Cardiac MRI assessment of the right ventricle pre-and post-kidney transplant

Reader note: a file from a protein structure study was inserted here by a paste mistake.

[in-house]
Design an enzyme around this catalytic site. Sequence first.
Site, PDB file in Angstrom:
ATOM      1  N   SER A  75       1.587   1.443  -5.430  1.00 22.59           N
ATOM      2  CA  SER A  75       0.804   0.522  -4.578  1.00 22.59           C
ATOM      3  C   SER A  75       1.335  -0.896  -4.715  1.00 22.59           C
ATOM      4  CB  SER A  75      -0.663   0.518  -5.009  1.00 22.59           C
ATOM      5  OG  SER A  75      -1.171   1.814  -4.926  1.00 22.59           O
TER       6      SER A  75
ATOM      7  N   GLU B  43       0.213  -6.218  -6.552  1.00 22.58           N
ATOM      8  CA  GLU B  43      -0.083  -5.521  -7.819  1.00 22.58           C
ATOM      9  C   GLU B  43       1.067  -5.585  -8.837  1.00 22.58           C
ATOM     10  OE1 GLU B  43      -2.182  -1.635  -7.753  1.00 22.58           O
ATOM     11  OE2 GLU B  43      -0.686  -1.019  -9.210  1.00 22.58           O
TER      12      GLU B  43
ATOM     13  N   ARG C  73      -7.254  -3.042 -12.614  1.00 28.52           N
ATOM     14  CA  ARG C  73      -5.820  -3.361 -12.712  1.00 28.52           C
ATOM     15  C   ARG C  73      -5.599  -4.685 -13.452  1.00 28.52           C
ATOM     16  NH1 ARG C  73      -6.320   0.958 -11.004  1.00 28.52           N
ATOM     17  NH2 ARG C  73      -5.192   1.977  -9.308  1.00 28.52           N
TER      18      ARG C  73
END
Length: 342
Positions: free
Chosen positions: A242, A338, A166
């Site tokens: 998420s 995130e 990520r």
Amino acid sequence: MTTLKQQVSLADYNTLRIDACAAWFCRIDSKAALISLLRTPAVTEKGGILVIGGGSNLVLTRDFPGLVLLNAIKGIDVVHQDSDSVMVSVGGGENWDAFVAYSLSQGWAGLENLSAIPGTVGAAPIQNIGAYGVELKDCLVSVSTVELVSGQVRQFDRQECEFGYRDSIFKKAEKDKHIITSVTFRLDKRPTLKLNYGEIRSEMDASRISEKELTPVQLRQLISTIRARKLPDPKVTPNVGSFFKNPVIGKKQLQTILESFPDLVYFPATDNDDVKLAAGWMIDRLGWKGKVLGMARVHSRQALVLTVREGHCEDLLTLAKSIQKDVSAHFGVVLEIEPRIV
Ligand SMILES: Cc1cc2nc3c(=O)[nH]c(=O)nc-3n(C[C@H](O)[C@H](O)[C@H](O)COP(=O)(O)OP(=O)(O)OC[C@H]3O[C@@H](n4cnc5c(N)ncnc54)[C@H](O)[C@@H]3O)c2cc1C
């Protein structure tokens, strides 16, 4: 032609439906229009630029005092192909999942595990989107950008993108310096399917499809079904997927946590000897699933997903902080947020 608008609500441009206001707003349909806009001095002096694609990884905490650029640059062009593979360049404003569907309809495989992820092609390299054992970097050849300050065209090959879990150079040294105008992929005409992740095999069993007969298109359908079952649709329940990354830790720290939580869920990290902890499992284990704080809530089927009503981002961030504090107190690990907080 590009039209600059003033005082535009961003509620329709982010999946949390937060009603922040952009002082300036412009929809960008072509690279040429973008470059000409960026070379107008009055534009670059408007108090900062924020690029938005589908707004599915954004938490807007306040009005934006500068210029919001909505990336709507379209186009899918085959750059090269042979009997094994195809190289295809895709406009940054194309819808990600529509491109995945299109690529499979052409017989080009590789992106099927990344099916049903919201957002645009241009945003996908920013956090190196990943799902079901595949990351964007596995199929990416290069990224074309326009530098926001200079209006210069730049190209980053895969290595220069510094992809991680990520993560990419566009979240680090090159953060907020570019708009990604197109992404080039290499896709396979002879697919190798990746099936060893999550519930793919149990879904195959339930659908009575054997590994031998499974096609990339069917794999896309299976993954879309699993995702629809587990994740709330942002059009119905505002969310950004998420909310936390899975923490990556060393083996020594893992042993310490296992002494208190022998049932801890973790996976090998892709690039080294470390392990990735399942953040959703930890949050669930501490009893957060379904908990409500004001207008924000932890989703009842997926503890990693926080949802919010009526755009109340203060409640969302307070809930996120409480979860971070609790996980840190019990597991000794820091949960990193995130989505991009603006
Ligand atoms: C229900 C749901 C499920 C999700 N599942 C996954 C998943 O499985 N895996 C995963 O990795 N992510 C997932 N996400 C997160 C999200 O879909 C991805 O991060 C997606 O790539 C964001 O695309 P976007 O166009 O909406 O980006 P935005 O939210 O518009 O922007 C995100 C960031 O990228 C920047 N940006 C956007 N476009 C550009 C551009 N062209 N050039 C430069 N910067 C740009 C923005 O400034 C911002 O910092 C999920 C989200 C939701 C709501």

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Worsening renal function in chronic kidney disease correlates with worsening right ventricular (RV) systolic function. We evaluated the association between kidney transplantation (KT) and RV structure and systolic function, and the relationships between RV and left ventricular (LV) changes, blood pressure, and specific cardiac biomarkers, in patients with end-stage kidney disease using cardiac magnetic resonance imaging (CMR). In this prospective, multi-centre, cohort study, 39 adult patients on dialysis receiving KT and 42 patients eligible for, but not yet receiving KT, were recruited. CMR was performed at baseline, and repeated at 12 months. Among 81 patients (mean age 51 years, 30% female), RV end-diastolic volume index (RVEDVi), end-systolic volume index (RVESVi), mass index (RVMi), and ejection fraction (RVEF) did not change significantly within either the dialysis or KT group over 12 months (all p ≥ 0.10). There were no significant differences in the 12-month changes of these parameters between the dialysis and KT groups (all p ≥ 0.10). RVMI demonstrated positive correlations with NT-proBNP and systolic blood pressure, but not GDF-15, at baseline and at 12 months. Changes in RVEDVi, RVESVi, and RVEF were positively correlated with changes in LVEDVi, LVESVi, and LVEF, respectively over 12 months (Spearman r = 0.72, 0.52, and 0.41; all p < 0.001), but not mass index (Spearman r = 0.20, p = 0.078). In conclusion, there were no significant changes in RV mass, volumes, or systolic function 12 months after KT, as compared with continuation of dialysis. The associations between RV and LV remodeling may suggest similar underlying pathophysiologic mechanisms.
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